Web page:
men "-" - on the one hand [the signs of the apostle were performed among you but on the other hand you took no notice]. Adversative comparative construction, where the comparative clause introduced by de is omitted "because it would be obvious", Thrall.

katergasqh (katergazomai) aor. pas. "demonstrating" - were performed. This verb "to work, make, prepare", is passive - divine passive, so Plummer, ie., the apostle is an agent of divine power

en + dat. "among [you]" - in [you]. Local, space; "among".

en + dat. "-" - in [all endurance]. Here adverbial, modal, expressing manner, or instrumental, "by means of", or better, attendant circumstance, "with the utmost endurance", Harris.

tou apostolou (oV) gen. "[the marks] of a true apostle" - [the signs] of the apostle. The article tou implies a general principle, so Meyer; "apostleship." The genitive may be read as verbal, subjective, so Long, but better adjectival, attributive / idiomatic, so Guthrie, "the signs which characterize apostleship were performed among you."

ti kai ... kai ".... and ...." - Indicating a coordinating construction.

shmeioiV (on) dat. "including signs" - in signs, [and wonders and works of power]. The dative is often taken as instrumental, expressing means, "by means of", so Furnish, Thrall, Long, Harris; "the marks of apostleship were performed among you ...... by signs, wonders and miracles." Yet, association seems more likely, as NIV11, "including signs ...", so Martin, "along with", and also Barrett, "accompanied by". For Paul, the true shmeia, "marks / signs", of an apostle are evidenced en pash/ uJpomonh, "with great perseverance" = in the humiliation of suffering in communicating / preaching the gospel, "accompanied by ......"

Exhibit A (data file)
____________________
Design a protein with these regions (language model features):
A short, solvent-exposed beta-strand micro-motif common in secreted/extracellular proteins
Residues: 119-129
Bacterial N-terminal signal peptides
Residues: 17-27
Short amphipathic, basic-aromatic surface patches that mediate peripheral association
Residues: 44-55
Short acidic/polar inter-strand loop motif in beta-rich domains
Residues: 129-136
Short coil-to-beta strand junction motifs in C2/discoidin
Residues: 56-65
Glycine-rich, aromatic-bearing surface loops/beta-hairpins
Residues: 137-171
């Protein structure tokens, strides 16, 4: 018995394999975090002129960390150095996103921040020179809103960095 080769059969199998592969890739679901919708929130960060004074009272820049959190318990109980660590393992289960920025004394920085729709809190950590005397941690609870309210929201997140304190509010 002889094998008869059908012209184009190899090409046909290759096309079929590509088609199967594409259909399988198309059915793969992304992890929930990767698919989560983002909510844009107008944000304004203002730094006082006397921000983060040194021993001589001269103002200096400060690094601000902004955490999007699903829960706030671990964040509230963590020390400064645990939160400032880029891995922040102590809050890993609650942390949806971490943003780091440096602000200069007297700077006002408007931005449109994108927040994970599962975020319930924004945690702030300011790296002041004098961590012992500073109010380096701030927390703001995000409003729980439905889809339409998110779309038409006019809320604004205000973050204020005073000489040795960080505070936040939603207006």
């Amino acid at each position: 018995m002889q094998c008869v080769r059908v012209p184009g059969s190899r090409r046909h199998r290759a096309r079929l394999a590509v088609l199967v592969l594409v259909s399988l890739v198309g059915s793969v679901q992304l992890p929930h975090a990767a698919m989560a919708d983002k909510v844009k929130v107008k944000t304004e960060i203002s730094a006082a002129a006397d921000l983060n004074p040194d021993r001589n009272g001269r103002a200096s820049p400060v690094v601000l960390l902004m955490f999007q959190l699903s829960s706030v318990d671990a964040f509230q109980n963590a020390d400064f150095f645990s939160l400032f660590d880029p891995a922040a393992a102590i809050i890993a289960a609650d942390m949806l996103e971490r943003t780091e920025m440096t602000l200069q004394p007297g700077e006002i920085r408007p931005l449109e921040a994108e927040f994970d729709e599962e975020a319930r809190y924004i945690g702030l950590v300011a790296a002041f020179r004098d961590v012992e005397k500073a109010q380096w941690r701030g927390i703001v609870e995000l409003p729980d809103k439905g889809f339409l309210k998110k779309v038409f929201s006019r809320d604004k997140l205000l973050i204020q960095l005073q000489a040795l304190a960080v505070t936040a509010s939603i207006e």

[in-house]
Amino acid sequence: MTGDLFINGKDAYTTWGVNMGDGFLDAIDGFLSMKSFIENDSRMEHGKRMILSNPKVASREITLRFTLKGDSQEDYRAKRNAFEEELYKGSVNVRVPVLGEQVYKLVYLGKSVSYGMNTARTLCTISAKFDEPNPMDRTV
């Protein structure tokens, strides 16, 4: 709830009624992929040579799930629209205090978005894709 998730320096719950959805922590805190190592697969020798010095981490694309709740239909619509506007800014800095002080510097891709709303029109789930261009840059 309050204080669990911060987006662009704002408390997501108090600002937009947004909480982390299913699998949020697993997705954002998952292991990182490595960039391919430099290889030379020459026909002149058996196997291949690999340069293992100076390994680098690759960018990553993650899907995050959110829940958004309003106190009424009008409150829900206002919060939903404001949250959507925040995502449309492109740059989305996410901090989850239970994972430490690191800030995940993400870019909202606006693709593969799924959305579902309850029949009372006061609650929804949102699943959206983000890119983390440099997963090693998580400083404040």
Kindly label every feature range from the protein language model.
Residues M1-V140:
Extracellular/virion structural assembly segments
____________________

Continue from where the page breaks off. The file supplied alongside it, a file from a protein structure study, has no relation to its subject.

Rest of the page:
Paul gives a further reason why he deserves the Corinthians' commendation, namely, his ministry with them was in no way inferior to that exercised in other churches. He adds an ironic qualification; except for the fact that he didn't ask for their financial support. The qualification seems to imply that the taV loipaV ekklhsiaV, "the other churches", are not churches under his apostolic care, since in his churches he applied his principle of offering the gospel free of charge. Once the book of Acts focuses on the Pauline mission we are left with little information as to the wider development of the Christian church beyond Palestine. Paul tells us that he is careful not to intrude on the missionary work of others, indicating that parallel missions were operative alongside that of Paul's. Thrall thinks that the leaders of the opposition party in Corinth, the missionaries, intruders, have knowledge of, or have participated in these other mission churches. These churches obviously provide a stipend and this fact may have been used to imply that Paul's churches are unprofessional second-rate affairs.